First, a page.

Not Forgotten, Just Repressed

A black lightbulb (“blackbulb”): the repression of an idea

To make a long story (20+ hours long!) short, Omori is a surreal physiological horror role-playing game where you play as the main character, canonically named Sunny (though his name can be customized), in both the real world and his dream world (his “Headspace”). Lore-wise, Sunny suffers from dissociative amnesia, causing him to repress the “truth.” He also has seen practically no one (besides his mother), has refused to exit his house for four years as a result of the trauma from the “truth,” and has not been taking care of himself properly. Furthermore, he is shown to be “haunted” by hallucinations/manifestations during the night that are remnants of the “truth” that he has repressed and his three phobias (acrophobia, arachnophobia, and thalassophobia) that have been causing stress and anxiety for Sunny, known altogether as “Something.” The direction of the game and the resulting ending depend on the choices you make in the game and whether you have Sunny pursue the “truth” by having him exit his house to meet up with his old friends or have him continue staying inside his home.

“What is Omori?” by Takune

The poem “Ghost” by Cynthia Huntington can be related to the game because an interpretation of the poem is that the “ghost” in question refers to a distant or forgotten memory that “makes [it]self present, though never distinct” in the mind of the person in question, similarly to the repressed “truth” that “Something” represents. In the poem, the said “ghost” eventually tells the person in question their name, just like how Sunny ultimately determines what “Something” truly is (if the player has him pursue the truth).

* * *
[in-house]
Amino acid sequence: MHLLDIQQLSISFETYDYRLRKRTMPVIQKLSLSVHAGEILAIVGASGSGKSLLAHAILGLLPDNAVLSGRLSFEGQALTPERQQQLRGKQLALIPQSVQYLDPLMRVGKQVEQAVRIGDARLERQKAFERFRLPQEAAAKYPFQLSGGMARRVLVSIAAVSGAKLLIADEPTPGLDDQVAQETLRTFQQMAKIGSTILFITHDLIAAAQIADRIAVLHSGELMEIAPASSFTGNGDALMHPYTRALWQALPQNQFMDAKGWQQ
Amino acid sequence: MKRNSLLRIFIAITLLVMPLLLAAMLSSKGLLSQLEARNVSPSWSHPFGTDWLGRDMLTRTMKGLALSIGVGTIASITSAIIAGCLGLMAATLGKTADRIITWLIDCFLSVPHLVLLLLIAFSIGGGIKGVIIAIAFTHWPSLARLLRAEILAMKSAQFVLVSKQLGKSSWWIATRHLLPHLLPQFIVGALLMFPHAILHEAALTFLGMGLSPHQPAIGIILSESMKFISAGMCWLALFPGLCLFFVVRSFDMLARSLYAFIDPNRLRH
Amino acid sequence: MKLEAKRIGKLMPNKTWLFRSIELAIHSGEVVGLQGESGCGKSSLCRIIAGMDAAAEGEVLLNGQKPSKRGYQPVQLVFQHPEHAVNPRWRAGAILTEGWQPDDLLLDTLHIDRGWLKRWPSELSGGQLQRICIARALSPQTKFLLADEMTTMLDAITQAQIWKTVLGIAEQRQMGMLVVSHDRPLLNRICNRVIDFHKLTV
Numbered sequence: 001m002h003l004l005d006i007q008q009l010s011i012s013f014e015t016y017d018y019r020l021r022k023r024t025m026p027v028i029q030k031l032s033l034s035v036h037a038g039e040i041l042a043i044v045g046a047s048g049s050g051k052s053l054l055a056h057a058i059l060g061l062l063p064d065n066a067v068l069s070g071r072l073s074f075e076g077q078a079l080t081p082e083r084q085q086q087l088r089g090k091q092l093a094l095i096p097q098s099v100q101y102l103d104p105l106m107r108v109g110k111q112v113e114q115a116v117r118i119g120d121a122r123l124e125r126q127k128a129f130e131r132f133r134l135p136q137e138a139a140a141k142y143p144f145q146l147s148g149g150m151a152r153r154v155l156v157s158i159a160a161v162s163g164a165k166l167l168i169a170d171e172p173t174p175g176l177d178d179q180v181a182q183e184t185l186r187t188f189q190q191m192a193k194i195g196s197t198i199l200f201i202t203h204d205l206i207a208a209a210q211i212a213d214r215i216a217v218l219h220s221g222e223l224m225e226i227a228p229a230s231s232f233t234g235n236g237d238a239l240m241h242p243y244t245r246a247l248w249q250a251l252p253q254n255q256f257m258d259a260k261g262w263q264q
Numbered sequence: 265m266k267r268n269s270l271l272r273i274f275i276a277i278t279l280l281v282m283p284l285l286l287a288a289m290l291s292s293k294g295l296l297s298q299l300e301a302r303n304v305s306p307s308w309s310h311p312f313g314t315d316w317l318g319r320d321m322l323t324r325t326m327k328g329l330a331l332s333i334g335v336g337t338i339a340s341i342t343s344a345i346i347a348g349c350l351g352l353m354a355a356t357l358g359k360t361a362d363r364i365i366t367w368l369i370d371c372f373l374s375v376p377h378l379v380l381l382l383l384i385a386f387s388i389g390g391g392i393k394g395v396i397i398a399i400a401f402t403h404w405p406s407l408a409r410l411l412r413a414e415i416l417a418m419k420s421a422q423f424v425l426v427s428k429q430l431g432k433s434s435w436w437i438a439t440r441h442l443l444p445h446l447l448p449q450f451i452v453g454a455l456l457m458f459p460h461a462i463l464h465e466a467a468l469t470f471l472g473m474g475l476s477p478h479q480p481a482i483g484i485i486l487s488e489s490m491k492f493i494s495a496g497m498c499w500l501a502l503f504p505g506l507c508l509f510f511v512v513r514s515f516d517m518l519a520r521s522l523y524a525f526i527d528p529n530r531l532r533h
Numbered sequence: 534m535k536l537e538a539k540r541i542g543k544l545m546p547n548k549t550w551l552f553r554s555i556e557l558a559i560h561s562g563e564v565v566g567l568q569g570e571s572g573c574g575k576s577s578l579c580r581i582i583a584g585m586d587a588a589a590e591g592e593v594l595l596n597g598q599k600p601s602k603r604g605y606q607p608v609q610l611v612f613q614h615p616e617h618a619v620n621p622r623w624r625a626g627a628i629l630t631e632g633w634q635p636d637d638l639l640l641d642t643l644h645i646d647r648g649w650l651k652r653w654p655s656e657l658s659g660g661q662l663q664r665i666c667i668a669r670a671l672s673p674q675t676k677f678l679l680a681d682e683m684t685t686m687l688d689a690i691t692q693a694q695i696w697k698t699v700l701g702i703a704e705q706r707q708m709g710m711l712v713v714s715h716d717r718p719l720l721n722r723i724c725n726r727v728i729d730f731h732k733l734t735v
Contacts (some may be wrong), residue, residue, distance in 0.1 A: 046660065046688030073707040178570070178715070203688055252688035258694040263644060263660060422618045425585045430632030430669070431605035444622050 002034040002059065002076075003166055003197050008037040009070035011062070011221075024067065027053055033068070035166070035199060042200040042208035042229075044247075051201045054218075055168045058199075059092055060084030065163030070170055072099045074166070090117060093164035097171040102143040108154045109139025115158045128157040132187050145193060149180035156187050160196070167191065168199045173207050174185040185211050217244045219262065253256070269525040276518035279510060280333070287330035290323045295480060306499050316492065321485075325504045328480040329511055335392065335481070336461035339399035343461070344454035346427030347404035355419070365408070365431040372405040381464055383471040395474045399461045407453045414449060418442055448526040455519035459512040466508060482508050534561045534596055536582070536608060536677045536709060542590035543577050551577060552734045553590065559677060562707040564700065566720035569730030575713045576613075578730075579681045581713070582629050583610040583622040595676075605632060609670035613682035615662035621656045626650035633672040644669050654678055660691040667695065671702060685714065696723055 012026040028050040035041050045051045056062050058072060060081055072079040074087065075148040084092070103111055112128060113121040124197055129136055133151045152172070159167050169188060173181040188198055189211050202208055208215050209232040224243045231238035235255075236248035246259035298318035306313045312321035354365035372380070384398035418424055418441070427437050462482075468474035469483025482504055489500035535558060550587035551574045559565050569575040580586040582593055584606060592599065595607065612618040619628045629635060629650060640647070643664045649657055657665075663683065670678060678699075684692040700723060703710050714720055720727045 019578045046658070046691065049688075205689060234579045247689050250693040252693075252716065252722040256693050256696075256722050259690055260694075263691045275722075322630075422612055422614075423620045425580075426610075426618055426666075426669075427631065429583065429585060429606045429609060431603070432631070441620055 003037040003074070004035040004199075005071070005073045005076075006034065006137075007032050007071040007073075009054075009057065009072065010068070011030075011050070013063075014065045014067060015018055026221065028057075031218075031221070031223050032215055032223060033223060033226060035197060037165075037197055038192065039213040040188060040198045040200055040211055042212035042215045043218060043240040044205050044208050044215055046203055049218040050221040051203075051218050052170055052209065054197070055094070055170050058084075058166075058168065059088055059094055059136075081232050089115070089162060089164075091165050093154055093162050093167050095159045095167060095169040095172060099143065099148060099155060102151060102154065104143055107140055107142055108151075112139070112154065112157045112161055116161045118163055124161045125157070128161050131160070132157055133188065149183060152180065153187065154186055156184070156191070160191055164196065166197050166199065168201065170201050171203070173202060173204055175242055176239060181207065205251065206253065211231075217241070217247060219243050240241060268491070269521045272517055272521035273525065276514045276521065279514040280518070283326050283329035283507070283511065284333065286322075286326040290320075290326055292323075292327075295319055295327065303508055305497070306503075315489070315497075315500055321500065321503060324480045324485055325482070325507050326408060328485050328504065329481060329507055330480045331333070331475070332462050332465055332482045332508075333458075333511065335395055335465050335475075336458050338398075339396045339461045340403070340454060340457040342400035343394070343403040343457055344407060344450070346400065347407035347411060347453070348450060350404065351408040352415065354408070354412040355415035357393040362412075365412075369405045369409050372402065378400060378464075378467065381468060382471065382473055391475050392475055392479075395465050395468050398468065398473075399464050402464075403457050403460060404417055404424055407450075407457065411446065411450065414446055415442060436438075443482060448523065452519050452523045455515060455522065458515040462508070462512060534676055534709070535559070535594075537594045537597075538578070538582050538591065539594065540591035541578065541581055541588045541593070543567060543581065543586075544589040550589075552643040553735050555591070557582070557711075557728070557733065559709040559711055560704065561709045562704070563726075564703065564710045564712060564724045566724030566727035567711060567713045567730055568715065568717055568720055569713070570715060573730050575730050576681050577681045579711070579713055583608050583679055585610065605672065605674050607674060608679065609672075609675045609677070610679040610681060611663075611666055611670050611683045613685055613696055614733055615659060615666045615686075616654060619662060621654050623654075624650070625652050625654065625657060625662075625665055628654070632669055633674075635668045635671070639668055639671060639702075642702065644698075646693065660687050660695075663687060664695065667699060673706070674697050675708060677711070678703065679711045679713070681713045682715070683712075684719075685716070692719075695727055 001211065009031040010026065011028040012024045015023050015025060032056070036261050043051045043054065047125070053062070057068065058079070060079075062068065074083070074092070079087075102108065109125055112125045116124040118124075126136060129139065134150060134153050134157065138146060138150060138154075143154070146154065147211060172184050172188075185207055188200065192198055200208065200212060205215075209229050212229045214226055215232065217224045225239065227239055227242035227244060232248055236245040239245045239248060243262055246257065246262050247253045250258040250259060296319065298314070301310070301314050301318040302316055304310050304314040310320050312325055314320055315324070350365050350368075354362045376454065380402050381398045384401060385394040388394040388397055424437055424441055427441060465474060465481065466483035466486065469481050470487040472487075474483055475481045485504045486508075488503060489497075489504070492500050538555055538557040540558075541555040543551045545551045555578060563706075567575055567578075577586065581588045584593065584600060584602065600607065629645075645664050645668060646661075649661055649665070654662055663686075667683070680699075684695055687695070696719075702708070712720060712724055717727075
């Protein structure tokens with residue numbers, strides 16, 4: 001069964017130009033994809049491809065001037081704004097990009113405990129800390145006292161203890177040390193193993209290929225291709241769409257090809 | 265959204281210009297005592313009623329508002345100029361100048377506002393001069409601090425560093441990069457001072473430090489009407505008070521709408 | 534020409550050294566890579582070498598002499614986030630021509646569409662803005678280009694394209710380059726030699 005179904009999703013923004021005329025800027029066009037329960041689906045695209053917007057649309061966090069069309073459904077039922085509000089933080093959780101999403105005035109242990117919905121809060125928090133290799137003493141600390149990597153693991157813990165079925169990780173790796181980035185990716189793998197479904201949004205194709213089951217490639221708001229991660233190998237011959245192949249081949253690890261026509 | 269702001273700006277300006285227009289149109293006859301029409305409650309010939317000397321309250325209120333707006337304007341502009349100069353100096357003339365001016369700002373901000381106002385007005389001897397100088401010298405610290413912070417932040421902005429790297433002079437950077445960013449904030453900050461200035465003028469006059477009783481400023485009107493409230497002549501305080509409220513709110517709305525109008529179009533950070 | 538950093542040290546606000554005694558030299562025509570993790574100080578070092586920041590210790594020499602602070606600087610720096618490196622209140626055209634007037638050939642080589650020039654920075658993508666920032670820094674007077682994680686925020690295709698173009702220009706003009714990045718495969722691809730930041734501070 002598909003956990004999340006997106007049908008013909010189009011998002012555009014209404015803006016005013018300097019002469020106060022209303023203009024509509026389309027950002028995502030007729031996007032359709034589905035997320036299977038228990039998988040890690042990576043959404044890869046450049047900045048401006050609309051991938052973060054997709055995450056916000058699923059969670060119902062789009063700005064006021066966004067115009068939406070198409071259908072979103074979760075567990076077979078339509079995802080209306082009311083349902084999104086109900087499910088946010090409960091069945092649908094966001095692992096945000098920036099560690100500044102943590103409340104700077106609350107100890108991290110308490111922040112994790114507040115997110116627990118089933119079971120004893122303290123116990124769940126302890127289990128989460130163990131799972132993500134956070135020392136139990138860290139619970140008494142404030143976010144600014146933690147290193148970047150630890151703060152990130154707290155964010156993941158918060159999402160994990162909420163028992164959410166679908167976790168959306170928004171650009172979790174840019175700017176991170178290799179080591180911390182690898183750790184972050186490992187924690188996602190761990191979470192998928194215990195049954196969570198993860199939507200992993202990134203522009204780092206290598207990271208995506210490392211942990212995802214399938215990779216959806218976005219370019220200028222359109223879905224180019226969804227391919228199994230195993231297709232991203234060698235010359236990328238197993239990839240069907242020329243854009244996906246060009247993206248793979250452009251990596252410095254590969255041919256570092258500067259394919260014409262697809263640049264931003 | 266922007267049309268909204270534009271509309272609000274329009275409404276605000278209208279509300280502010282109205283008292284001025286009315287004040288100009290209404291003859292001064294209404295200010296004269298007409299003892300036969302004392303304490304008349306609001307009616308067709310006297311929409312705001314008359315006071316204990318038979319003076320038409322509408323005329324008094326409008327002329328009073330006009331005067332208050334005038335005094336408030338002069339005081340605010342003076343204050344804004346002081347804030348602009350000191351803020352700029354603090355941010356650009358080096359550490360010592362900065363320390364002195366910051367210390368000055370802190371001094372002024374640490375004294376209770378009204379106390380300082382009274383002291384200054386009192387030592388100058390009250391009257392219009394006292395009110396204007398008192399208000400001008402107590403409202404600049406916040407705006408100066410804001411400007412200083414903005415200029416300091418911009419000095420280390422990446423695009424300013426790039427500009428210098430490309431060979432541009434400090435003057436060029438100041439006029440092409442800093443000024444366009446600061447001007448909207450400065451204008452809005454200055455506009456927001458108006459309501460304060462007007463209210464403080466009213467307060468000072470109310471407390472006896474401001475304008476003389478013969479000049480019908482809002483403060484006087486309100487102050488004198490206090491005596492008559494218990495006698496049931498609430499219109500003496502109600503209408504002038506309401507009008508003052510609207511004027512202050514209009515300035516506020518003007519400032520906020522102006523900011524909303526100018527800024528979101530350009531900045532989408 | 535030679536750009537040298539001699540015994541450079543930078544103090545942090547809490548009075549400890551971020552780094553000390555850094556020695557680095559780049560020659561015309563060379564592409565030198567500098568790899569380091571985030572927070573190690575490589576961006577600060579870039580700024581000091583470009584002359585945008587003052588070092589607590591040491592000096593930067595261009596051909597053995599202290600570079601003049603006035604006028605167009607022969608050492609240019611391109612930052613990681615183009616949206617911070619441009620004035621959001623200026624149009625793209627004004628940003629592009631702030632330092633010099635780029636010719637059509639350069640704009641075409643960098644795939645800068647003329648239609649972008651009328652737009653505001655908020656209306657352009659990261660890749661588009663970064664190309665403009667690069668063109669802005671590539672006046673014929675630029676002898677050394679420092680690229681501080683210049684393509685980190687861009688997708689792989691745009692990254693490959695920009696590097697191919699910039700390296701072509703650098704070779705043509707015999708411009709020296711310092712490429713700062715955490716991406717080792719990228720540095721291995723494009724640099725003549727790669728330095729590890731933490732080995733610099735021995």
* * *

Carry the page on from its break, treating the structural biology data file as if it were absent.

The main form of “Something.

The film “Scavengers” can be related to the game because the main protagonists of the short video cause damage to the environment just to have a glimpse of their past lives. Similarly, Sunny also causes damage in an attempt to stay in a dream-world version of his past life with his dream-world friends. However, the damage is directed mainly towards himself instead of the environment due to being a complete shut-in for four years and not taking care of himself properly. Also, in “Scavengers,” it’s indicated that the main protagonists have been doing their routine of damage to the environment multiple times, just like how Sunny had been doing his routine of self-destruction for four years.

Sunny’s dream-world friends, who are reminiscent of his real-world friends before he became a shut-in.

The “Ending Procrastination” and “Limiting Distractions” parts of my group’s infographic could also be related to the main character’s actions during the story. In a way, Sunny tries to procrastinate his discovery of the “truth” using his dreams, which serve as distractions, similarly to how a student might use distractions to procrastinate on doing homework. Only after “limit[ing] all possible distractions,” just as the infographic says, does he start to rediscover the “truth” by exiting his house to face the real world and reconciling with his real-life friends, like a student limiting their own distractions and forcing themself to complete their homework.

Sunny (bottom right) reconciling with his real-world friends, a necessary step of rediscovering the “truth.”

External Links:
Official Omori website:
Omori (Fandom) Wiki:

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